18 Oct Heart Failure Care in Patients Admitted for Other Diagnoses
MedicalResearch.com: What are the main findings of the study?
Dr. Blecker: Inpatient quality of care has focused primarily on patients with acute heart failure, commonly identified by principal discharge diagnosis code. However, patients with heart failure are commonly hospitalized for other causes and should benefit from many of the same treatments.
We found that in our sample, as compared to patients with a principal diagnosis of heart failure, heart failure patients hospitalized with a non–heart failure diagnosis had lower rates of guideline-concordant care, including assessment of left ventricular function and prescription for an ACE inhibitor or ARB, at time of discharge. This is important as our study suggests that these therapies were associated with reduced mortality for patients hospitalized with heart failure, regardless of the reason for hospitalization.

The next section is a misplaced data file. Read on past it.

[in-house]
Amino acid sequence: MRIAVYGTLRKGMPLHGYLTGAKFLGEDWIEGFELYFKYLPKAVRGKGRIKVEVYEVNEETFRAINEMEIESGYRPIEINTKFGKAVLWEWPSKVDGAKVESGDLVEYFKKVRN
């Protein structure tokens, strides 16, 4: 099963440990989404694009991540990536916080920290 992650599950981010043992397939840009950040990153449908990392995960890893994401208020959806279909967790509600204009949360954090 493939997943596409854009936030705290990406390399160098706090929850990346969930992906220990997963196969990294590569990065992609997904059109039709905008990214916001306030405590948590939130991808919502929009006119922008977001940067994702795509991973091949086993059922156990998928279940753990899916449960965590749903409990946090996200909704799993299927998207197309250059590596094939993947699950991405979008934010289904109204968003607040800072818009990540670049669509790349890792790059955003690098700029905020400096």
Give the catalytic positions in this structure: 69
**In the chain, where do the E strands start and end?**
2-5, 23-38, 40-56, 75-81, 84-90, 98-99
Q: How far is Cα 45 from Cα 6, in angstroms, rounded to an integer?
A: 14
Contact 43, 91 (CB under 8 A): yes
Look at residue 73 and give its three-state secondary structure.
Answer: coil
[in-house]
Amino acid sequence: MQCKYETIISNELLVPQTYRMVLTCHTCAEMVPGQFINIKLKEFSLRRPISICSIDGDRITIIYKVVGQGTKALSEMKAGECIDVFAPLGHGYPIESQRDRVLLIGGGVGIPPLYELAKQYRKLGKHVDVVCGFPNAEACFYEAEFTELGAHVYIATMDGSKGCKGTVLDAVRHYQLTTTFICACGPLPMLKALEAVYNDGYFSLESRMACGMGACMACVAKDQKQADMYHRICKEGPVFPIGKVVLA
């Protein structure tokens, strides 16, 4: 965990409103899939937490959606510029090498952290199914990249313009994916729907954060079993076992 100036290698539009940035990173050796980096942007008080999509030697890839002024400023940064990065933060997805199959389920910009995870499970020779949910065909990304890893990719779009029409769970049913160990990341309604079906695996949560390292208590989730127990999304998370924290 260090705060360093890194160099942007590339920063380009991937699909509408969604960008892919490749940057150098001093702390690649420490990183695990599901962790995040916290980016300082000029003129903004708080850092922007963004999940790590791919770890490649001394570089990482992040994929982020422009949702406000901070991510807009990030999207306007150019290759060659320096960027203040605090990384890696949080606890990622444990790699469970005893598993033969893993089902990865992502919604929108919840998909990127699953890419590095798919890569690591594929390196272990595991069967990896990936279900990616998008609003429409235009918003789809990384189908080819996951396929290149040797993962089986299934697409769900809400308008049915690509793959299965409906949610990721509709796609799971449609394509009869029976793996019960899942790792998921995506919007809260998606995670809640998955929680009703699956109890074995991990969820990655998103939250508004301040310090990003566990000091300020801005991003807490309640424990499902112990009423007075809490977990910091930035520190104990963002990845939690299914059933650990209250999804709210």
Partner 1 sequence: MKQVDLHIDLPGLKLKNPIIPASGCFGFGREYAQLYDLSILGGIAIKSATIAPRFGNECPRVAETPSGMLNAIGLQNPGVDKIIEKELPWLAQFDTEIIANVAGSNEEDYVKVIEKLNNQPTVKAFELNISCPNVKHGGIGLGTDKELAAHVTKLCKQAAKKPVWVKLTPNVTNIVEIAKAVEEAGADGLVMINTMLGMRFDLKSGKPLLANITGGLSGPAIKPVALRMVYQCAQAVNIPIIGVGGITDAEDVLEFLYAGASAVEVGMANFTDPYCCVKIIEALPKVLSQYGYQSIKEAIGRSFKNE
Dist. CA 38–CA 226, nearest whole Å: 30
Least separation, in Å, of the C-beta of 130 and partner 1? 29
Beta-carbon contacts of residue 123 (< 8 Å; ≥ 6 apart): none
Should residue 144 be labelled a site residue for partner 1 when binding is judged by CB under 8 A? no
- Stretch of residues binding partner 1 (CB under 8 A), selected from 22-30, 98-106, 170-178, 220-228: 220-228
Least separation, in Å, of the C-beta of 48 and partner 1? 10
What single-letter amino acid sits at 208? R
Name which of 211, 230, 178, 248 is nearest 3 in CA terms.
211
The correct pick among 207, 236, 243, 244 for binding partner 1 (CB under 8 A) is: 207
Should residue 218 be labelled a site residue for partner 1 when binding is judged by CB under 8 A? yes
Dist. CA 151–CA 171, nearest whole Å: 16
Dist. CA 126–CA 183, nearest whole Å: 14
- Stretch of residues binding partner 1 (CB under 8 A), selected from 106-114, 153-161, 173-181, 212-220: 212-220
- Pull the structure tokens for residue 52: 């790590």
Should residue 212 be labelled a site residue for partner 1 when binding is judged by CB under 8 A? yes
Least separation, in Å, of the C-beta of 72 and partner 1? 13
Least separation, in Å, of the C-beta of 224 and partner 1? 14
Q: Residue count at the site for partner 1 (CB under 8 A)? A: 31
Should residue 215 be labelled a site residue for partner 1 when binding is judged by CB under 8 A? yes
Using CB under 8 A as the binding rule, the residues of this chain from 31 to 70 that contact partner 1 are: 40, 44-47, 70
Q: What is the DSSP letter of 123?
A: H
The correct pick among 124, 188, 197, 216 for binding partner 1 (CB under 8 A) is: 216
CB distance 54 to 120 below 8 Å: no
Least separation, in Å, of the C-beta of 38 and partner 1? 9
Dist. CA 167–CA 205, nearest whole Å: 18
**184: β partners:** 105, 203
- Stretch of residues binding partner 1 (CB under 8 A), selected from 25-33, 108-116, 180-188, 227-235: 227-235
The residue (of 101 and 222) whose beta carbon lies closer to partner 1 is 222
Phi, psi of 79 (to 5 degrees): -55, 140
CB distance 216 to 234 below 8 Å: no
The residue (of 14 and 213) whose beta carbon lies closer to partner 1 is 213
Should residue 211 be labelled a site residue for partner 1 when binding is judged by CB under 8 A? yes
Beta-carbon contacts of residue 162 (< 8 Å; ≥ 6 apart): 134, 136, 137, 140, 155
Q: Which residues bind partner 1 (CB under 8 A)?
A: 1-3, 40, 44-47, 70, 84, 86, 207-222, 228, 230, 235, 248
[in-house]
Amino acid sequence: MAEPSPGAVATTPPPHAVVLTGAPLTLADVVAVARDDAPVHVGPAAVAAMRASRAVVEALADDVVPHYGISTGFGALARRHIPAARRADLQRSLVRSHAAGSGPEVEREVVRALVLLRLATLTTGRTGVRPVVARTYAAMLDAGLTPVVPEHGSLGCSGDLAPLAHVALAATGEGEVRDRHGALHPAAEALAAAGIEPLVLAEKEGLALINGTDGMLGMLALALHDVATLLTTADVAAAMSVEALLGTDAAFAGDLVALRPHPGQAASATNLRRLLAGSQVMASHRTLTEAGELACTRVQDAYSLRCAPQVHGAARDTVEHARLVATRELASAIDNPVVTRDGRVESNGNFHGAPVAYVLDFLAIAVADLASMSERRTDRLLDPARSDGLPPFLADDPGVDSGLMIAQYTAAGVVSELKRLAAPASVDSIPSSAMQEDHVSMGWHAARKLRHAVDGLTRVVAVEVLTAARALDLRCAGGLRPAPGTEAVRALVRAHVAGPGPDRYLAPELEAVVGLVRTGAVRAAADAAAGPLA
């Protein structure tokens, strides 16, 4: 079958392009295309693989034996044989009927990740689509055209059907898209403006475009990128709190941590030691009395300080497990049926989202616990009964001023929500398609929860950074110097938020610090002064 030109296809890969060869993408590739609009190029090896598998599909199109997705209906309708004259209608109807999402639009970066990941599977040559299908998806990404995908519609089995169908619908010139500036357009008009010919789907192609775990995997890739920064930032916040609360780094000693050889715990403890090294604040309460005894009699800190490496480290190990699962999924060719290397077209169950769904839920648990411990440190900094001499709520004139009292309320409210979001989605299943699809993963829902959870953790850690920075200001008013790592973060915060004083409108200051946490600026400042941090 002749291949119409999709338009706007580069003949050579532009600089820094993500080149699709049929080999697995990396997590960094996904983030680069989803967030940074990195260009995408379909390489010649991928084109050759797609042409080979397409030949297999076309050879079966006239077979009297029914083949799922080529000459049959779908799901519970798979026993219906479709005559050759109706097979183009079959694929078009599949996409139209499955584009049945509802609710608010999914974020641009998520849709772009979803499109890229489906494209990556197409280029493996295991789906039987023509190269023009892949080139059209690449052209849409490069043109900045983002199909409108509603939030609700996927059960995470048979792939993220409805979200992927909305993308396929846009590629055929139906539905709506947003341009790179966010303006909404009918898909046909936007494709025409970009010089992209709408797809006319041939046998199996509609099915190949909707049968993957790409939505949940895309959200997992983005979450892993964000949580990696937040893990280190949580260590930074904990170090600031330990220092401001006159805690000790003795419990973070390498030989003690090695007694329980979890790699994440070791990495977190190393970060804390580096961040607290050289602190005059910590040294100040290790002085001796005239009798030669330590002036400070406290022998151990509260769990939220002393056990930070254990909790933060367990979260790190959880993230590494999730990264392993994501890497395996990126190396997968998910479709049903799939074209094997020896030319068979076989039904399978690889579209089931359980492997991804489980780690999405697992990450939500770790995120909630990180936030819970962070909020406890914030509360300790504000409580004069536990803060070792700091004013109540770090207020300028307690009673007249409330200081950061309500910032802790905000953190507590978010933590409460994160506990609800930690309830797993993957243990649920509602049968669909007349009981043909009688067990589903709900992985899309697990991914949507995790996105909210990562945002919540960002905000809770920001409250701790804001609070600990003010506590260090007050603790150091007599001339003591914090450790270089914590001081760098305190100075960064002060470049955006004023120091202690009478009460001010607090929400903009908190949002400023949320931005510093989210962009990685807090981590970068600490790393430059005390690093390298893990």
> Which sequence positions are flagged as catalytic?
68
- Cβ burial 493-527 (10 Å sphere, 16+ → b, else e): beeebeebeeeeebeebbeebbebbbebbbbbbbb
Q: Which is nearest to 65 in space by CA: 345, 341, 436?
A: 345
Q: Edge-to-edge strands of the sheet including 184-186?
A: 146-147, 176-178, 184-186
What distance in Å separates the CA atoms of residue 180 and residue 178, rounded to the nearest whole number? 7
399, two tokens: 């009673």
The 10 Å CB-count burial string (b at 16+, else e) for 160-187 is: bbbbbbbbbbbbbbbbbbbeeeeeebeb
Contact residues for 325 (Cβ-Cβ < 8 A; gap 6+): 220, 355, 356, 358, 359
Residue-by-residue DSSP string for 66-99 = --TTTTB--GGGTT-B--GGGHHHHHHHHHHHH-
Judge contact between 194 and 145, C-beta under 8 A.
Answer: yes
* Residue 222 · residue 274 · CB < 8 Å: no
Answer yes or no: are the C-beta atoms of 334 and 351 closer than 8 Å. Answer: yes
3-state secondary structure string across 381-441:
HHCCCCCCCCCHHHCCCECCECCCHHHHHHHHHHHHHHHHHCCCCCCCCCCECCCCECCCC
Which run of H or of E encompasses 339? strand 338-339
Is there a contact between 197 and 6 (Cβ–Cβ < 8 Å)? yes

MedicalResearch.com: Where any of the findings unexpected?
Dr. Blecker: The number of patients prescribed an ACE inhibitors or ARB at time of discharge was surprisingly low for hospitalized patients with systolic heart failure; only 64% of patients with a principal diagnosis of heart failure and 56% of patients with another principal diagnosis received one of these medications. Our study was limited in its ability to account for physician exception for these medications, but these numbers were still much lower than we expected.
MedicalResearch.com: What should clinicians and patients take away from your report?
Dr. Blecker: Hospitalizations of heart failure patients represent an opportunity for physicians to ensure that patients are receiving guideline recommended care that has been associated with improved outcomes. Our findings suggest that providers need to be aware of the quality of care delivered to hospitalized patients with heart failure regardless of the reason for hospitalization.
Department of Population Health, NYU School of Medicine, New York, NY; Department of Medicine, NYU School of Medicine, New York, NY.
Am Coll Cardiol. 2013 Sep 25. pii: S0735-1097(13)05349-7. doi: 10.1016/j.jacc.2013.08.1628.